Independent contractor or employee? Recent Federal Court decision grants sales representatives employee entitlements

Justice Perram of the Federal Court1 recently found that five insurance sales representatives (agents) engaged as independent contractors were actually employees by law.

The agents worked for an insurer over an extended period of time, with one agent being engaged for over 24 years. After termination of their engagement, the agents claimed for payment of their leave entitlements by the insurer.

The contractual provisions covering the agents had several factors indicating that they were independent contractors including the following:

  • the agents understood themselves to be contractors
  • the agents were paid by commission
  • the agents used their own vehicles and some employed their own administrative staff
  • the agents were permitted to carry on other businesses
  • some agents had incorporated themselves.

Despite these indicators, Justice Perram ruled against the insurer after considering the following factors that indicate a relationship of employment:

  • the insurer was able to exercise some control over how the agents did their work
  • as the insurer required long hours of work the agents were unable to realistically carry on other businesses
  • the agents were able to use their vehicles for personal and business purposes
  • most importantly, the agents were not conducting their own business but were instead enhancing the goodwill of the insurer.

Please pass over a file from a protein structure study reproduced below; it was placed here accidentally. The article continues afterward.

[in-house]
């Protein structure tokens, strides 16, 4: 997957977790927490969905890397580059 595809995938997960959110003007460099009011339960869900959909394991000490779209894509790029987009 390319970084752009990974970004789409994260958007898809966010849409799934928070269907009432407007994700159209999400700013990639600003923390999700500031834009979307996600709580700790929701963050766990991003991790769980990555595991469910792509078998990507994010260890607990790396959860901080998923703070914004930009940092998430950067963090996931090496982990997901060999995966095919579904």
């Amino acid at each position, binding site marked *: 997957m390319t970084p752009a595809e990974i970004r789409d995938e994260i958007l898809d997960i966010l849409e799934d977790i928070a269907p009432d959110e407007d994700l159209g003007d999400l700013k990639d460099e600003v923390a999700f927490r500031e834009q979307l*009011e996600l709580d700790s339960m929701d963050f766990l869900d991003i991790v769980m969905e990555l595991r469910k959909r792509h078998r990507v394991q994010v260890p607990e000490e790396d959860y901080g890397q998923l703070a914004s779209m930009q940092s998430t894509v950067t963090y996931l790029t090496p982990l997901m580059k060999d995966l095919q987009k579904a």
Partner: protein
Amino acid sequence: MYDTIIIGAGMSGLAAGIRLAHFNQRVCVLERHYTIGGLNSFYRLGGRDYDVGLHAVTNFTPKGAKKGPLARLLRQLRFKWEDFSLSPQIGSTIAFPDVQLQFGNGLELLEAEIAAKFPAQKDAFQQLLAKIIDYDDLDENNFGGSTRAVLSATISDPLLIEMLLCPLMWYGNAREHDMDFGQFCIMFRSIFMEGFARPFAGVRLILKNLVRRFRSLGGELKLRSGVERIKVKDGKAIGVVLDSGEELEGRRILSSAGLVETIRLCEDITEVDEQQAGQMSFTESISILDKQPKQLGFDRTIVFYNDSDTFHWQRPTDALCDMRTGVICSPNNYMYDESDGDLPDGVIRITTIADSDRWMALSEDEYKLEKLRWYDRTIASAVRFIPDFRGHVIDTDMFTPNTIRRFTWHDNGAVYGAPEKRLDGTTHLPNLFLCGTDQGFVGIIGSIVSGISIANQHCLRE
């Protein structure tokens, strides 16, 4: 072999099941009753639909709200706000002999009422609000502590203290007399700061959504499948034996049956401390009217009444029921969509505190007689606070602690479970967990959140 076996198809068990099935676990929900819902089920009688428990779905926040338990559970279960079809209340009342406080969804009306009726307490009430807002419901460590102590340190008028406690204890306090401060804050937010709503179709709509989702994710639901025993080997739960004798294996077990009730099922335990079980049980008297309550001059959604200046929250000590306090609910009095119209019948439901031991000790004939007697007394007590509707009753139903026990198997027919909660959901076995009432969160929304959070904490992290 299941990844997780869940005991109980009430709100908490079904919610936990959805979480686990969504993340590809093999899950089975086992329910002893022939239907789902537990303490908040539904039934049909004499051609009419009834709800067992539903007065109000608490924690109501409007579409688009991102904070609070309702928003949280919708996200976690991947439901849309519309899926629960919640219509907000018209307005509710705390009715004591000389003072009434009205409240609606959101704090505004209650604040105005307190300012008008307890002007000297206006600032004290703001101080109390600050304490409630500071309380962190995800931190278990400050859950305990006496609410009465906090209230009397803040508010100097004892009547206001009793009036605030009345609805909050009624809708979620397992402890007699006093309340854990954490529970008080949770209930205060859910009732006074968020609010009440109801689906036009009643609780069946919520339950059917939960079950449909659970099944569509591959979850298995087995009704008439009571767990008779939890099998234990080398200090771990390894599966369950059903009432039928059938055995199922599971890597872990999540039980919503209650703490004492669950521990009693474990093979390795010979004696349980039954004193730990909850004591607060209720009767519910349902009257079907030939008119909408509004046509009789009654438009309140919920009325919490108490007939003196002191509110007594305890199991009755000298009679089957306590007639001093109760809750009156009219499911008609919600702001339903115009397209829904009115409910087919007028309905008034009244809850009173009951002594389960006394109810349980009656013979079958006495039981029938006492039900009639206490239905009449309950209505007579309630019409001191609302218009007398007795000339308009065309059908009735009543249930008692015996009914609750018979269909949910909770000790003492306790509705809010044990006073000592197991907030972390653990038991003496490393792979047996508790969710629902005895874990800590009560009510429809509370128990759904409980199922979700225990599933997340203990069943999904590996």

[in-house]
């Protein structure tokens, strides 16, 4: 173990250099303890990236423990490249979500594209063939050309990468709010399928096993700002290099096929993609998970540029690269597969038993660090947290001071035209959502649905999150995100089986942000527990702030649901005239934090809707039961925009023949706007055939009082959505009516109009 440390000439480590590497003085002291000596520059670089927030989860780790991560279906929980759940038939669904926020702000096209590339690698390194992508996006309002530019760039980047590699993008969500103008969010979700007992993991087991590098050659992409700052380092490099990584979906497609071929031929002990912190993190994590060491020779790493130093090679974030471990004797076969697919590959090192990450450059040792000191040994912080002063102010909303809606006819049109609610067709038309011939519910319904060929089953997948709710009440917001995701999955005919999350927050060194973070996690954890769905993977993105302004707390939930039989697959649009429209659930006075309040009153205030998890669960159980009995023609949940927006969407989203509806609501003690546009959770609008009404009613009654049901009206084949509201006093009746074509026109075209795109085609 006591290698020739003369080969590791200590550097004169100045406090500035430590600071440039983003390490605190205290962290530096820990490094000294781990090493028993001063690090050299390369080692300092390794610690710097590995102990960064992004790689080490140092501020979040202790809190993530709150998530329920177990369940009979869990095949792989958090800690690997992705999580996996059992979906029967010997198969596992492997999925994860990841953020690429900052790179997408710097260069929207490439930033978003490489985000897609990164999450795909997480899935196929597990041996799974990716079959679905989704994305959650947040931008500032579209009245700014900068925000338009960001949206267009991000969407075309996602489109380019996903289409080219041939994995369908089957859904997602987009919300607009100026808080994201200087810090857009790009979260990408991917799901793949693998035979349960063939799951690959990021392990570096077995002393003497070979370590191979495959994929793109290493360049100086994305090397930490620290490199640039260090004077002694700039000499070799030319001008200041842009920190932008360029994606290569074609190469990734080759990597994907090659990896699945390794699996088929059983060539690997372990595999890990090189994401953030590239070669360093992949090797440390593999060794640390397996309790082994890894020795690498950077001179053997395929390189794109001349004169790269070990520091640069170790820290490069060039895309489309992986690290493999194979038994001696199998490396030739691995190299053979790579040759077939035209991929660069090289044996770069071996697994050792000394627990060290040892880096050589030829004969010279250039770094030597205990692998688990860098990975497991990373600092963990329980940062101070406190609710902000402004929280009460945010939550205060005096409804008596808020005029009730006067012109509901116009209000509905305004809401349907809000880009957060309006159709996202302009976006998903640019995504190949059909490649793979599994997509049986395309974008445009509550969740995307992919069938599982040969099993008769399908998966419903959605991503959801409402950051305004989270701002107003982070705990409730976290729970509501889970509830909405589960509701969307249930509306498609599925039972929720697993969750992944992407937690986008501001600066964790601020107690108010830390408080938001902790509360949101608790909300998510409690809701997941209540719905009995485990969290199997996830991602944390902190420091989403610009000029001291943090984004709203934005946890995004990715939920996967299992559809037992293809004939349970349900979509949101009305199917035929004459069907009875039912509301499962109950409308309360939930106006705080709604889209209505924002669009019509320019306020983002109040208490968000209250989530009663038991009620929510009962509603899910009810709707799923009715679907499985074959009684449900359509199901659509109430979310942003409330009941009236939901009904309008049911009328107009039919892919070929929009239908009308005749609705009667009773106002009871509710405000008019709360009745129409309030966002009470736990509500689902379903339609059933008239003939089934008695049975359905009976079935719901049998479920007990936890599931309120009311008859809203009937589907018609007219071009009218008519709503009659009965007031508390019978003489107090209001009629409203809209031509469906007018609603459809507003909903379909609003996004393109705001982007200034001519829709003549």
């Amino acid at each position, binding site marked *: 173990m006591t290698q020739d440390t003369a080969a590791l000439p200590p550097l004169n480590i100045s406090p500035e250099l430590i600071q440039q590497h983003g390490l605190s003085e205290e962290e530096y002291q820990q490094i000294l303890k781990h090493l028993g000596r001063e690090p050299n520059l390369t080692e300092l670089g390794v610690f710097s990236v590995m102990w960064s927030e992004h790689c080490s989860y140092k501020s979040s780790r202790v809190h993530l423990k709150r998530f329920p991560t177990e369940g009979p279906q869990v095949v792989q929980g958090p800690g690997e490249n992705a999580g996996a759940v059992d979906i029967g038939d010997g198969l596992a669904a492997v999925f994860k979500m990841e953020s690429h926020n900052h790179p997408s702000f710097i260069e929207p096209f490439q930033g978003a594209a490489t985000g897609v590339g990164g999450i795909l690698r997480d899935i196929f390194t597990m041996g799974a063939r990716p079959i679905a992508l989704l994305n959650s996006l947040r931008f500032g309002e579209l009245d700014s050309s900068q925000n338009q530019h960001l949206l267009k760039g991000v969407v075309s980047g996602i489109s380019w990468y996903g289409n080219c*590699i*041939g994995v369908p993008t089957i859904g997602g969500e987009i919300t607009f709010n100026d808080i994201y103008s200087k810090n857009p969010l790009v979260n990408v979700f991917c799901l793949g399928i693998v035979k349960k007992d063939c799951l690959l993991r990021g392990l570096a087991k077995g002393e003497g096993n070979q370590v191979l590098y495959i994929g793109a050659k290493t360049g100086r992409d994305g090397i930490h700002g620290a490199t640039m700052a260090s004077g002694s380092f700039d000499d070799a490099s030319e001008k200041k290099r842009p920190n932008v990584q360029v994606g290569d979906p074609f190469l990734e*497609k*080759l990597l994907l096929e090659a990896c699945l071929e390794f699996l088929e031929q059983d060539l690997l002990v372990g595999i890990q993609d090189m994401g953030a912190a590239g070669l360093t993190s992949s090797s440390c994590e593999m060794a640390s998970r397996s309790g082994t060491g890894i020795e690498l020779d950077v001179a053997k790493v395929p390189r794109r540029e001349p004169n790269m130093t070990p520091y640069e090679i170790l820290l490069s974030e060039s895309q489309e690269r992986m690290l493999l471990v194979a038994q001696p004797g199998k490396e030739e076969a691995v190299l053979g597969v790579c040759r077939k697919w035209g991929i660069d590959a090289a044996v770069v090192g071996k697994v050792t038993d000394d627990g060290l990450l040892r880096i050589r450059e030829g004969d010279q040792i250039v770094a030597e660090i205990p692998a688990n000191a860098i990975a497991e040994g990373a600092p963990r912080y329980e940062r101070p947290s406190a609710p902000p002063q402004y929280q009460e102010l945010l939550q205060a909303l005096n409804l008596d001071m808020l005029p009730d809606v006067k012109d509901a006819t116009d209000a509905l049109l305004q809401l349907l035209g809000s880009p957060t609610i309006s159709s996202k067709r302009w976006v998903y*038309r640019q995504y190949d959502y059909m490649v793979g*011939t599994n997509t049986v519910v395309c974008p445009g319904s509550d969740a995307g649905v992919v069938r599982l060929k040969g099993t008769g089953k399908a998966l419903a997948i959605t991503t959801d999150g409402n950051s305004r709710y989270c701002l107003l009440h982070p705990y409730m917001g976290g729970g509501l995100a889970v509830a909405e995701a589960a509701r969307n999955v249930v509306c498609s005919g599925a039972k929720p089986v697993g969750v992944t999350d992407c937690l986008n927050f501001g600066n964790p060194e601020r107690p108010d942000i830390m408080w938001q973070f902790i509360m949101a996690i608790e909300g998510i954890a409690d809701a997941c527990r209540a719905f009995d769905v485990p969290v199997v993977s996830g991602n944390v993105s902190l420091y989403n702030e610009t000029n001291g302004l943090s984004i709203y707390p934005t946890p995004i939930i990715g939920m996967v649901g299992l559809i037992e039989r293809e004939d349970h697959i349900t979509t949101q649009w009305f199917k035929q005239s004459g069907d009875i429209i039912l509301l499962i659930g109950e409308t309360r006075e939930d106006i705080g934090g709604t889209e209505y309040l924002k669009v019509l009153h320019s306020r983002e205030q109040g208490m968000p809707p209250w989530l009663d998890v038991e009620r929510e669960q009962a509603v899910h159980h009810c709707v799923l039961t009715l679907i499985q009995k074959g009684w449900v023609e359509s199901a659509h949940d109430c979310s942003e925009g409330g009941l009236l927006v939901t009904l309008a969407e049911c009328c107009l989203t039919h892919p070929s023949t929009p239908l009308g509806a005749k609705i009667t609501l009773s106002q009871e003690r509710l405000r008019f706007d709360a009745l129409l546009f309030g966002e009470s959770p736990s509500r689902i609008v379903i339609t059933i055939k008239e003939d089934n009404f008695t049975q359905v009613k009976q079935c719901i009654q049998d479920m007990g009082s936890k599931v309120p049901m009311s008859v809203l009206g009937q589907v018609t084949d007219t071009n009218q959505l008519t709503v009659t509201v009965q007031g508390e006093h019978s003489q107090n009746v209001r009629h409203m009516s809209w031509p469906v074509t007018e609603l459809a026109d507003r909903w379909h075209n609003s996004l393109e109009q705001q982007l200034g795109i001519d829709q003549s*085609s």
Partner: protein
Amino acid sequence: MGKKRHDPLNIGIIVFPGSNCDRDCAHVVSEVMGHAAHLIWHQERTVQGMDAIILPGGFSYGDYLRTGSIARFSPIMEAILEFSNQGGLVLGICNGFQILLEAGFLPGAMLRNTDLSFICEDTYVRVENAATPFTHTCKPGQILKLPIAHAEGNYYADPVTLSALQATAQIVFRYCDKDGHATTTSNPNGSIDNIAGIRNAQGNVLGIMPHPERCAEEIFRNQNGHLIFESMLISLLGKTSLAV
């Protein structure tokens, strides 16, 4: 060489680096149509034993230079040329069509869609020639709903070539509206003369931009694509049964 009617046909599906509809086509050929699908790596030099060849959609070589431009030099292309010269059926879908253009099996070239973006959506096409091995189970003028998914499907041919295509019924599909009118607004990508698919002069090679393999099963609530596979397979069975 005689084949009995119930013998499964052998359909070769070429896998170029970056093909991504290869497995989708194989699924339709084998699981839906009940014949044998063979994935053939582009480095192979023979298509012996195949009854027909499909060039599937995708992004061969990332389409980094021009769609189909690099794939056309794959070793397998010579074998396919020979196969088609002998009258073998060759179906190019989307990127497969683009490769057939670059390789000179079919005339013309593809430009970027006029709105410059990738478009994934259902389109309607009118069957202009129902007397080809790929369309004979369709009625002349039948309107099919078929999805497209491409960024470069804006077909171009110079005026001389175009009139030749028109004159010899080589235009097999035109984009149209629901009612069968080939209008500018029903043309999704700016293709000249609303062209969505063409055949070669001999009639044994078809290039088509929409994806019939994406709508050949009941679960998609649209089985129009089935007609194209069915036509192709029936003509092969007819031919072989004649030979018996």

It was also found that clauses in the contracts requiring the agents to indemnify the insurer for the claim were invalid as they were against public policy.

A key reason given by the Justice Perram for the decision was the degree of organisational control that the insurer exerted over the agents, by way of organising them into hierarchical teams, developing and maintaining all training and development programs for them and introducing incentives for advancement through the organisation. The Court found that the agents were not conducting their own business but were clearly part of the insurer's business.

What does this decision mean for businesses?

This decision adds to a growing trend of decisions where independent contractors have been found instead to be employees. As in this case, past cases have emphasised that one of the fundamental questions in determining this point is whether the contractors are carrying on their own business or whether they are generating goodwill for their employer?

If independent contractors are found to be employees then businesses can be liable for employee benefits, tax and superannuation obligations, as well as being exposed to unfair dismissal claims. Businesses may also face civil penalties of up to A$33,000 under the "sham contracting" provisions of the Fair Work Act 2009 (Cth).

Businesses should be aware of this growing trend where independent contractors with a sole principal are deemed employees despite strong contrary indicators and should consider any impact it may have on their own workforce.


1 ACE Insurance Ltd v Trifunovski [2011] FCA 1204

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